Usage and Grammar

Q. The word “whose” used as a possessive with an inanimate object never sounds correct to me. Example: She had changed into a long green dress whose very modesty highlighted a long lean body. The modesty refers to the green dress. Is it correct to say it this way? I always thought “whose” referred to a person.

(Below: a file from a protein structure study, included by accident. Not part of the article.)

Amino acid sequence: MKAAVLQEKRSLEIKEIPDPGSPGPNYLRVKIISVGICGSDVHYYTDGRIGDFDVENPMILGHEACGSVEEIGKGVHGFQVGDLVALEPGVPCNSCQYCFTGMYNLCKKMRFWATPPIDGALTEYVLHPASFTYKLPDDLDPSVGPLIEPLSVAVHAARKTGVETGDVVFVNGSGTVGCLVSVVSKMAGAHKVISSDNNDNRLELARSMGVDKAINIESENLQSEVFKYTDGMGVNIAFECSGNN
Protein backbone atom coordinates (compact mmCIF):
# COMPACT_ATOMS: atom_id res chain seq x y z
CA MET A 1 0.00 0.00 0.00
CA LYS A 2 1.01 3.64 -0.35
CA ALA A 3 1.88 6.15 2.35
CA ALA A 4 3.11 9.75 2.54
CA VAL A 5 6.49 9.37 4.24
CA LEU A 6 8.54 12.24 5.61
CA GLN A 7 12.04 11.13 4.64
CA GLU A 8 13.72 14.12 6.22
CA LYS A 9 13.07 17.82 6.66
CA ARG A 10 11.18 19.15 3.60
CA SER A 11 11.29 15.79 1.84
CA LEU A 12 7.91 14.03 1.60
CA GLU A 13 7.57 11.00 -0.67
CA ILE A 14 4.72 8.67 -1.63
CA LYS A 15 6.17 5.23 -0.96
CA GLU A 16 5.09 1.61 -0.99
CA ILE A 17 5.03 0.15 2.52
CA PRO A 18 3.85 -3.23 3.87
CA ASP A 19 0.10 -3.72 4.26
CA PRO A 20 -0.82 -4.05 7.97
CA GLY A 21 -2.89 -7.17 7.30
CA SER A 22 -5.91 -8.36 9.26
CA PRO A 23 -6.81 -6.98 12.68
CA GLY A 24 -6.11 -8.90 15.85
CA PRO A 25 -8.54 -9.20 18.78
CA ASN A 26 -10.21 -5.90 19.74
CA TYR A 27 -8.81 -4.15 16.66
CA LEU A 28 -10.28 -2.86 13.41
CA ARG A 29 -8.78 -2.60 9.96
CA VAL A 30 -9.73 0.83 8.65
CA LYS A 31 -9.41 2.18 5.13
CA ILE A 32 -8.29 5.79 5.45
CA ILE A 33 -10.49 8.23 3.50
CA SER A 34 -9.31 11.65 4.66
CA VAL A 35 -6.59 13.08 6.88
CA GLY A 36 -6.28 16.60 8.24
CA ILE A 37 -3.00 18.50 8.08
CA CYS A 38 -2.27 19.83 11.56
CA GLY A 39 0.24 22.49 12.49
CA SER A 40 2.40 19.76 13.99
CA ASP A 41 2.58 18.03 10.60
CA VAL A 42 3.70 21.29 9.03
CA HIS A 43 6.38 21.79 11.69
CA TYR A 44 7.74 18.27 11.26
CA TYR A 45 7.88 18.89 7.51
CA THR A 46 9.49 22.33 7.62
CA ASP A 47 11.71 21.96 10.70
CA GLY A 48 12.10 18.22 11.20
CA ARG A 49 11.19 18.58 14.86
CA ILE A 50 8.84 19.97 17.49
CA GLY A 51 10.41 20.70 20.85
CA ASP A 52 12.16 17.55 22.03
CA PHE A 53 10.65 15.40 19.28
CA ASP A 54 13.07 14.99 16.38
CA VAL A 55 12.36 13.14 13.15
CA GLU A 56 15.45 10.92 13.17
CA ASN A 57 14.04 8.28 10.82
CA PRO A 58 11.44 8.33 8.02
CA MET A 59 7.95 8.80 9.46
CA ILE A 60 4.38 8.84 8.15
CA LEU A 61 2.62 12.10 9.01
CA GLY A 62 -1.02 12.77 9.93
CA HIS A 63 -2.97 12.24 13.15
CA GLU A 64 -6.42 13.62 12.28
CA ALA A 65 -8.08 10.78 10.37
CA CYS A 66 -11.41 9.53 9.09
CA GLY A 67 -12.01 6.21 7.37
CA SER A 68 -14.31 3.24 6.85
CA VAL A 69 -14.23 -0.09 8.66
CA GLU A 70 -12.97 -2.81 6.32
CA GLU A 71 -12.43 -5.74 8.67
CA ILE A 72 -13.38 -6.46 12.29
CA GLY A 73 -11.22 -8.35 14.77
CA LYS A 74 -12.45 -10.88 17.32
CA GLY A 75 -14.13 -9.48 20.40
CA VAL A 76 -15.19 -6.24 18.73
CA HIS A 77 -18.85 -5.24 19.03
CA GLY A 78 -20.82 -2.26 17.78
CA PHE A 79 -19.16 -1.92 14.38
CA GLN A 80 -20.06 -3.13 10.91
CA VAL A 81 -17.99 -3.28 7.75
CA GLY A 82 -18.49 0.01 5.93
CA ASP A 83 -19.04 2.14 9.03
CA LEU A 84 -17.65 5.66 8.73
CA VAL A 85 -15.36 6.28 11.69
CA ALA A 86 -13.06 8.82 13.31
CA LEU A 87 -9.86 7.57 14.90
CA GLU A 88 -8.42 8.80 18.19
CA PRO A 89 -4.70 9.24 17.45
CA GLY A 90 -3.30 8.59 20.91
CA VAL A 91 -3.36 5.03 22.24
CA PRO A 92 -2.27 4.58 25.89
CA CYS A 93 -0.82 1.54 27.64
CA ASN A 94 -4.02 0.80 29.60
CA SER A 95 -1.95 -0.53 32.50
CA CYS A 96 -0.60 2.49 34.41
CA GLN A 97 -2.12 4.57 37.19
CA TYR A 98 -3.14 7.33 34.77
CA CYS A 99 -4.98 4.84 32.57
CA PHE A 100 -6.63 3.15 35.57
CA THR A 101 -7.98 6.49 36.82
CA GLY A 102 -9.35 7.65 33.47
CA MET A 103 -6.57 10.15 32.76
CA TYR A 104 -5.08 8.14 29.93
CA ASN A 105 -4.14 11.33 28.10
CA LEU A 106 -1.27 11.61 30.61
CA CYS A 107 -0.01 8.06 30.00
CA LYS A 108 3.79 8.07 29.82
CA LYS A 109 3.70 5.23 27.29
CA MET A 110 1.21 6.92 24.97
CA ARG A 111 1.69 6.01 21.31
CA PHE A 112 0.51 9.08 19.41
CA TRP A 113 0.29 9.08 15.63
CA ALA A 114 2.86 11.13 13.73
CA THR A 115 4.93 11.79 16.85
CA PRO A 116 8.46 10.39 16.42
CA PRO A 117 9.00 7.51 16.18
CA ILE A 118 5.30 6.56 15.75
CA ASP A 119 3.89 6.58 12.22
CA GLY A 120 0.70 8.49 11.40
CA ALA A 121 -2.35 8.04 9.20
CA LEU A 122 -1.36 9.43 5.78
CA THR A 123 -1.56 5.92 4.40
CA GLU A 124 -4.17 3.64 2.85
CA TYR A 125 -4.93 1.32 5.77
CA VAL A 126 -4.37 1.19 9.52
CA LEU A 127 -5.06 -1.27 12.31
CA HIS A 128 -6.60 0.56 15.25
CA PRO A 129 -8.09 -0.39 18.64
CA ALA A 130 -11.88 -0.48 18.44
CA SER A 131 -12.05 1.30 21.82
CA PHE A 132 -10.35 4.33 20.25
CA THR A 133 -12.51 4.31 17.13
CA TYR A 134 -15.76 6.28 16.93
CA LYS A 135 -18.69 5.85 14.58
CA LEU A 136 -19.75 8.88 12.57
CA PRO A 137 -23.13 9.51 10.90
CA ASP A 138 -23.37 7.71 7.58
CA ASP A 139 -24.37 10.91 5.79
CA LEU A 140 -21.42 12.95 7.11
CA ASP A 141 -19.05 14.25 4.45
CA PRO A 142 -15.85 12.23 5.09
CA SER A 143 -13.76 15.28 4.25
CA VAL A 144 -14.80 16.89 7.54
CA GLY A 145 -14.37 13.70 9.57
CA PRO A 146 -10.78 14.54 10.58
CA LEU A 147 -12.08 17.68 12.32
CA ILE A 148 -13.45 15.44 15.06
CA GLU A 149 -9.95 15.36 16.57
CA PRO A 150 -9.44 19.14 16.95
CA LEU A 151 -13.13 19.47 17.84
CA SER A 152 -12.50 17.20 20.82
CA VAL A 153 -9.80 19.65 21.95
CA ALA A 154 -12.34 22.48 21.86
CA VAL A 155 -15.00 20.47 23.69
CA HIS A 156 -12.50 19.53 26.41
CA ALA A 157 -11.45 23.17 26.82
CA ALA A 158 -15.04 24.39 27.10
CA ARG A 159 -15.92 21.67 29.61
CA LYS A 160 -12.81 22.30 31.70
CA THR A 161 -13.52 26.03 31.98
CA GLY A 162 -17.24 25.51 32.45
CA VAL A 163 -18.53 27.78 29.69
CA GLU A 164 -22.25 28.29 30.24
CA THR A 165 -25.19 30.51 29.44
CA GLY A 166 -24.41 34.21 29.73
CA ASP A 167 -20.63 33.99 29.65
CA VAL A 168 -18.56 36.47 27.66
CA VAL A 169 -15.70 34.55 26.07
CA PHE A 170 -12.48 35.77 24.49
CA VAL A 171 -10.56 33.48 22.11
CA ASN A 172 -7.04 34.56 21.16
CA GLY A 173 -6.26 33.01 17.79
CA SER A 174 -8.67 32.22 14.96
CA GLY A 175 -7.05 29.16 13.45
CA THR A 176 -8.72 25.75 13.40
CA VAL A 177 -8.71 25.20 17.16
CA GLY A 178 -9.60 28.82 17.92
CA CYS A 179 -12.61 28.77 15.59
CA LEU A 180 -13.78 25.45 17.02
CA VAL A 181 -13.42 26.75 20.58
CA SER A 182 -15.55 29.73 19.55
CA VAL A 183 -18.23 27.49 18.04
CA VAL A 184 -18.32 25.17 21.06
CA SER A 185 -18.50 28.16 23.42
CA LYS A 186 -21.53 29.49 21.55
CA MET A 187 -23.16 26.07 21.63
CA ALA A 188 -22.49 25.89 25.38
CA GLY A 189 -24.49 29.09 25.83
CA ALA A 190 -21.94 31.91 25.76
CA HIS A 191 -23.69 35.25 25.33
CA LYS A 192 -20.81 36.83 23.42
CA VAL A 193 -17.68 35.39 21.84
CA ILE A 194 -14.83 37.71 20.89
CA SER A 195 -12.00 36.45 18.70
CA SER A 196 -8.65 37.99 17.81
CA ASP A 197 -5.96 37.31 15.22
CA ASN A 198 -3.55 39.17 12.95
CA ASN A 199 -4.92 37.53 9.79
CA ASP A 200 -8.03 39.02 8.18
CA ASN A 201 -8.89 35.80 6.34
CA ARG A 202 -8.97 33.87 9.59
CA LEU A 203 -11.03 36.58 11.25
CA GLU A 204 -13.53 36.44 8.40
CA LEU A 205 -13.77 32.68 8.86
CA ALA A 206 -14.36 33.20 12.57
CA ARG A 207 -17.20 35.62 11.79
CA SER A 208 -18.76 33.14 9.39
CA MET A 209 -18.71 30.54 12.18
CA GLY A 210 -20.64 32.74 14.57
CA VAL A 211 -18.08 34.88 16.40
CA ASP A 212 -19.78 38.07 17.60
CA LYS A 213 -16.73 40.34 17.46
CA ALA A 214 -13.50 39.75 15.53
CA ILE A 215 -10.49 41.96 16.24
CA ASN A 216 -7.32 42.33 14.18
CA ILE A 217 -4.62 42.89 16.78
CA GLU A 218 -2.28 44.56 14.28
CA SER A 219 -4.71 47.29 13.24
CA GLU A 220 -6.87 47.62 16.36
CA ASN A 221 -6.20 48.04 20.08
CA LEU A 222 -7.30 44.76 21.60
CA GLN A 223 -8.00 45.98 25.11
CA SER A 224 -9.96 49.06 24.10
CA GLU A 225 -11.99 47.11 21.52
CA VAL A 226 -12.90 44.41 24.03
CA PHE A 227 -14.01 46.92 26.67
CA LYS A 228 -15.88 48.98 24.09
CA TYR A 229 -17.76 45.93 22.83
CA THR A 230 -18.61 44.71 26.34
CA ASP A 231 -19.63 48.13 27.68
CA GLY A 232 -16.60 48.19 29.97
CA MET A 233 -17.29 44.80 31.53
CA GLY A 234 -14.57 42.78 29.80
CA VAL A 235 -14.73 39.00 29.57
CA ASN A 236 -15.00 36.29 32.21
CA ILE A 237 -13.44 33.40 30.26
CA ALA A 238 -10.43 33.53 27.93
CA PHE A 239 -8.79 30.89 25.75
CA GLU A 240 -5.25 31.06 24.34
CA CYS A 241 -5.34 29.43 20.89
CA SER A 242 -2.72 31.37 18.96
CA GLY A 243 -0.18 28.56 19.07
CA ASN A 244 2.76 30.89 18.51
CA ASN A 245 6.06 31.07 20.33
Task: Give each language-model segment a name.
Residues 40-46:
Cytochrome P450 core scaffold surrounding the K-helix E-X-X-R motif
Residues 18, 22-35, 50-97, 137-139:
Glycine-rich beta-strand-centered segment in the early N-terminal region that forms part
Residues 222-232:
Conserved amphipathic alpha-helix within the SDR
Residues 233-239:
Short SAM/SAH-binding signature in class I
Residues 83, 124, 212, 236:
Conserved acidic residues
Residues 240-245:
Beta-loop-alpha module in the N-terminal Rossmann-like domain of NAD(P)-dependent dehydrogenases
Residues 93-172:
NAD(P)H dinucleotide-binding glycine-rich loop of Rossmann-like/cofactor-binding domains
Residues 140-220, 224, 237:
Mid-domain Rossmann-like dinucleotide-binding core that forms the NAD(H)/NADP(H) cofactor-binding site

A. Yes, it’s correct, and there really isn’t an elegant alternative. The old Fowler’s Modern English Usage might give you a chuckle. After some ridiculous examples that use “of which” in order to avoid “whose,” the article closes with, “Let us, in the name of common sense, prohibit the prohibition of whose inanimate; good writing is surely difficult enough without the forbidding of things that have historical grammar, and present intelligibility, and obvious convenience, on their side.”